South Africans that are willing to commit corrupt acts are also against corruption in society, the findings of a survey released by TNS Research Surveys indicated.
Ninety percent of South Africans said they felt corruption had become a way of life in South Africa, and 85% believed there was corruption in senior levels of government.
Ninety percent of adults in metro areas also said corruption should be eliminated.
However one in five adults said they were happy to buy pirated DVDs and CDS and a quarter knew people who had bought stolen goods.
Four out of 10 said they would keep the money if a cashier or teller gave them R50 too much.
One third of drivers in metro areas said they had driven a vehicle in the last six months knowingly having had more alcohol than they should have.
One fifth of metro adults felt that it was quite acceptable to refuse people admission to places, meetings or events because of their race.
Only 29% believed that refugees from Zimbabwe should be allowed to stay and only 65% believed that legal black immigrants should be allowed to stay.
"This suggests a level of disregard for the law and for the basic human rights and human dignity of others that is alarming," said director of Innovation and development at TNS research surveys Neil Higgs.
Crime levels not dropping: SA perception Eighty four percent of the people interviewed did not believe crime levels were dropping.
The results all came from a series of studies of 2 000 adults in seven major metropolitan areas over the past year or so. Higgs said while people felt crime levels were not dropping, they themselves were complicit in committing crimes like buying pirated goods, taking money that did not belong to them or not reporting the possession of stolen property.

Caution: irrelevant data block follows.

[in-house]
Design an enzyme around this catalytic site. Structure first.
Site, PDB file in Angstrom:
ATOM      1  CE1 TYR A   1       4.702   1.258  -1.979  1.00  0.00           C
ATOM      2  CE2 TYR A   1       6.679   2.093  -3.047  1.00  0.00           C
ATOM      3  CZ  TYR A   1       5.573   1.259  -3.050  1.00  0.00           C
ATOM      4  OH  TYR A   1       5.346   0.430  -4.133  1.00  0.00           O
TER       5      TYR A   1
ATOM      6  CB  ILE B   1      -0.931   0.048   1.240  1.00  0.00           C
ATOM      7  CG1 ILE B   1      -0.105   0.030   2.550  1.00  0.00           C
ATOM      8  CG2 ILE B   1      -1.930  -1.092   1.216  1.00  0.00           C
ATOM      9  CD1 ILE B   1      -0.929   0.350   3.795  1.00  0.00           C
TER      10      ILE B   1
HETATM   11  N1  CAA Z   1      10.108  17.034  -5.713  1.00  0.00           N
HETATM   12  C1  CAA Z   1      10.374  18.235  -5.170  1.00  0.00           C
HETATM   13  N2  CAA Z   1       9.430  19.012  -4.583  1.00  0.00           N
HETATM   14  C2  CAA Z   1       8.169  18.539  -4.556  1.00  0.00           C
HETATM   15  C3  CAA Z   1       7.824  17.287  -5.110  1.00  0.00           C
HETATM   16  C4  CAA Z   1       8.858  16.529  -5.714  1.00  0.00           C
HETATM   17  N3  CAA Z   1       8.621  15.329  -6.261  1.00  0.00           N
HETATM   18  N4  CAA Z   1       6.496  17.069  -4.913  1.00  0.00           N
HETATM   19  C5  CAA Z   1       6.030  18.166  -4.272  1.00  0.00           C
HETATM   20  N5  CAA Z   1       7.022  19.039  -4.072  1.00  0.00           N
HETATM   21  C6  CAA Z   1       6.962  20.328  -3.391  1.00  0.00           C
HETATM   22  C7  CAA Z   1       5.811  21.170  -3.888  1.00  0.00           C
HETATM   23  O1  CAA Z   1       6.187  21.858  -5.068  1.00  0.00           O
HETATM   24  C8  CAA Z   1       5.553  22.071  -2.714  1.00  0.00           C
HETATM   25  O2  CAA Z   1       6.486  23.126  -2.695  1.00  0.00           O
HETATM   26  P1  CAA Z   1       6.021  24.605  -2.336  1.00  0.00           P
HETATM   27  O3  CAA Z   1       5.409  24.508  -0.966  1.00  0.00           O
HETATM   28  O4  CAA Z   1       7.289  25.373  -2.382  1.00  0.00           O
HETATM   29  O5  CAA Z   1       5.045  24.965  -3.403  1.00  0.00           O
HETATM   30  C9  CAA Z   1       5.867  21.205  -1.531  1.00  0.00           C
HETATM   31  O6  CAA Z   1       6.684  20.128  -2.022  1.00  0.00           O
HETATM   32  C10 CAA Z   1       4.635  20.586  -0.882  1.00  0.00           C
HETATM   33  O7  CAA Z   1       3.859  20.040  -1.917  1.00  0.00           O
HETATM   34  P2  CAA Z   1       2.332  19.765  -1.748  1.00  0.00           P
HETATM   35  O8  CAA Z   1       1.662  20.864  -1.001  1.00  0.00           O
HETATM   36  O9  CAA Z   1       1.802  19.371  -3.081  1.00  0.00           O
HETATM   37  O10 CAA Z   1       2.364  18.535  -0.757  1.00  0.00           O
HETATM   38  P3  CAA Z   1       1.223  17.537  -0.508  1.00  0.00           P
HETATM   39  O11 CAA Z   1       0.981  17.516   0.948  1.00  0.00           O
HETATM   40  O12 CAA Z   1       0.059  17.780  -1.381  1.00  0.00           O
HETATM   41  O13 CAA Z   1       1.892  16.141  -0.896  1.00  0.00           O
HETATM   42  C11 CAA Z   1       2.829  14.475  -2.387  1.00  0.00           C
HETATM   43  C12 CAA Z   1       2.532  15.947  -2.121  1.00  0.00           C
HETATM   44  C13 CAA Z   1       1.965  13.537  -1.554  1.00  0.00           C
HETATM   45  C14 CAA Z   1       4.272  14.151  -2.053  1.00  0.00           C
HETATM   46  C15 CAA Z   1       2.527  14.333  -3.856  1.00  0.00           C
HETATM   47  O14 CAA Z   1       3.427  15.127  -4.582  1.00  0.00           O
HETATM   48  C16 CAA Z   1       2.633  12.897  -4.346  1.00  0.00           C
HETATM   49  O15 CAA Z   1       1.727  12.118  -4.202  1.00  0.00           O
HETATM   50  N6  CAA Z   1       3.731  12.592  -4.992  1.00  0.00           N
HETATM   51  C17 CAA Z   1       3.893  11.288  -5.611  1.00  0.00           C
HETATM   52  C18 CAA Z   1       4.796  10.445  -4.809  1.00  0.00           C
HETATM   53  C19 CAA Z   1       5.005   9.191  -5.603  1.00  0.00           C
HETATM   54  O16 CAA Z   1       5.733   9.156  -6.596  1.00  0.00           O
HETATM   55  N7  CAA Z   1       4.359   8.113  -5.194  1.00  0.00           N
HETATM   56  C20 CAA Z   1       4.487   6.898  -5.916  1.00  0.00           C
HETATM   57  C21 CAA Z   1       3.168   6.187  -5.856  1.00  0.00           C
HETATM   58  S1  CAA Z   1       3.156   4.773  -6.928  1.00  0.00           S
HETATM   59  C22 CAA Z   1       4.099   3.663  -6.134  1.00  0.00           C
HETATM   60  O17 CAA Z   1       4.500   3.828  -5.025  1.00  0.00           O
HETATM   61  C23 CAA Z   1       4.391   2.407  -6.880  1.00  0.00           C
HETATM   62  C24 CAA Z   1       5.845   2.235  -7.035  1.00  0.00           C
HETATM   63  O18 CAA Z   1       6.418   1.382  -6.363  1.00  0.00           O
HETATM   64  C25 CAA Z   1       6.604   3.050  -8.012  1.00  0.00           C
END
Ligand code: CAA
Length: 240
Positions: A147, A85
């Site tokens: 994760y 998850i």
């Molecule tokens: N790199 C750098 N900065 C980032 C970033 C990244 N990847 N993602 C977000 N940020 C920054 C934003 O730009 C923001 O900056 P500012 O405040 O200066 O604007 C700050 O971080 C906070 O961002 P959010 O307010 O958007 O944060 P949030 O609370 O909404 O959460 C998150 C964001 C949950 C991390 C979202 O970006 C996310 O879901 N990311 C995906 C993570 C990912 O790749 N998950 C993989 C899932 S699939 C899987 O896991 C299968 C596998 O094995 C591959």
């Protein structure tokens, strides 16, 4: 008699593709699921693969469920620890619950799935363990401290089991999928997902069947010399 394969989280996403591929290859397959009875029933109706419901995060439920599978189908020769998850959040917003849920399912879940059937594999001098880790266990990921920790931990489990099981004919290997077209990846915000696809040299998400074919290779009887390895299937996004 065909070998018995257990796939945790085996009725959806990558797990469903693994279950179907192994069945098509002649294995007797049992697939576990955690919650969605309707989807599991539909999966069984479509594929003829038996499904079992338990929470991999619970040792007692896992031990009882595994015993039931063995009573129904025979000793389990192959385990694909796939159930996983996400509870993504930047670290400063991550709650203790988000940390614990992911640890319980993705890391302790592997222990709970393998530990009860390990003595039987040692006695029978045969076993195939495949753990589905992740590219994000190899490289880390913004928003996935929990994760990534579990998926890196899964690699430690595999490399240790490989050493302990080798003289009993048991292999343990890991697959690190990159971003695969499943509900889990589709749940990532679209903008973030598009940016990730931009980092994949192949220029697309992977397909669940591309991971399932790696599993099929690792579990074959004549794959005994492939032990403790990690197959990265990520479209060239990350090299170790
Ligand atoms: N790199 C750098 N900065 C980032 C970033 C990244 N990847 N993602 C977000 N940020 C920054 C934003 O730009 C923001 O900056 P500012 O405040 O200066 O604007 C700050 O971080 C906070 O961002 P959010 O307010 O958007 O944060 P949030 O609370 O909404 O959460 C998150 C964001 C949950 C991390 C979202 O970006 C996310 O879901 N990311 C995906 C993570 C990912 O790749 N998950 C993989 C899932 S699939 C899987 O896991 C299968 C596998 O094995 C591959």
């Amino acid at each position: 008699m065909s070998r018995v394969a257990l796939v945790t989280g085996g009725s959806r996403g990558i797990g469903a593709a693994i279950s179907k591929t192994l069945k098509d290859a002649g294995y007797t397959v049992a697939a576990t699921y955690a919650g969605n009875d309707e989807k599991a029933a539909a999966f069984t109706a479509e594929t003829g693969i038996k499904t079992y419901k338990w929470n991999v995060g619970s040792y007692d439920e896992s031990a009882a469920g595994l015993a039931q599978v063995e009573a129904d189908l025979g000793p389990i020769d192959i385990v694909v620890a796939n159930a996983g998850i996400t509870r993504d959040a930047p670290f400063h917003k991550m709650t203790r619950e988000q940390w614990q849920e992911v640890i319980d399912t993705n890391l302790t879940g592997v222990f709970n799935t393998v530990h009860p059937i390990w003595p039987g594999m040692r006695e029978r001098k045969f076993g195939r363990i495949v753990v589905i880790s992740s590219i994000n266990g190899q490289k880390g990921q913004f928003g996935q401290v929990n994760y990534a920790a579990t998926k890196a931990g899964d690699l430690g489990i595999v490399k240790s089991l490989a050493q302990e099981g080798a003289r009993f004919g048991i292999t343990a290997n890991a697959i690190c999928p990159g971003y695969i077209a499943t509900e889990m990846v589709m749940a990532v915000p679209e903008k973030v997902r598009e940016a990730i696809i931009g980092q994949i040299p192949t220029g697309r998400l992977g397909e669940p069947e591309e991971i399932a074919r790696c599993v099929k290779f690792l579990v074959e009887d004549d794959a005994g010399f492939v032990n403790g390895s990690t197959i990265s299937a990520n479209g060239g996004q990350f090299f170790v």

"Corruption is felt to be endemic and should be stopped. Yet the morality of many of those who feel this is questionable." He also said the attitudes of many people towards their fellow human beings was highly questionable.
"Refugees are not at all welcome by the majority and even people from other countries here legally are not tolerated by a third of metropolitan adults."
Higgs said while it was a minority of people with questionable morality, the figures should still be seen with concern. "They suggest a very volatile society where, for very many people, there is no concern for the law, for the rights or welfare of others, where only 'I matter'".
Attitude linked to the apartheid past Higgs said some of this attitude might be linked to the apartheid past "when getting around the 'system', however it was perceived, was laudable".
He also said the vast inequalities in the country impacted on people.
"Fear of additional competition and the need just to survive are understandable drivers of a 'me first' syndrome that says that 'I do not need to bother with the rules, they are for other people'".
He said frustration with the slow pace of service delivery was another factor that could come into play.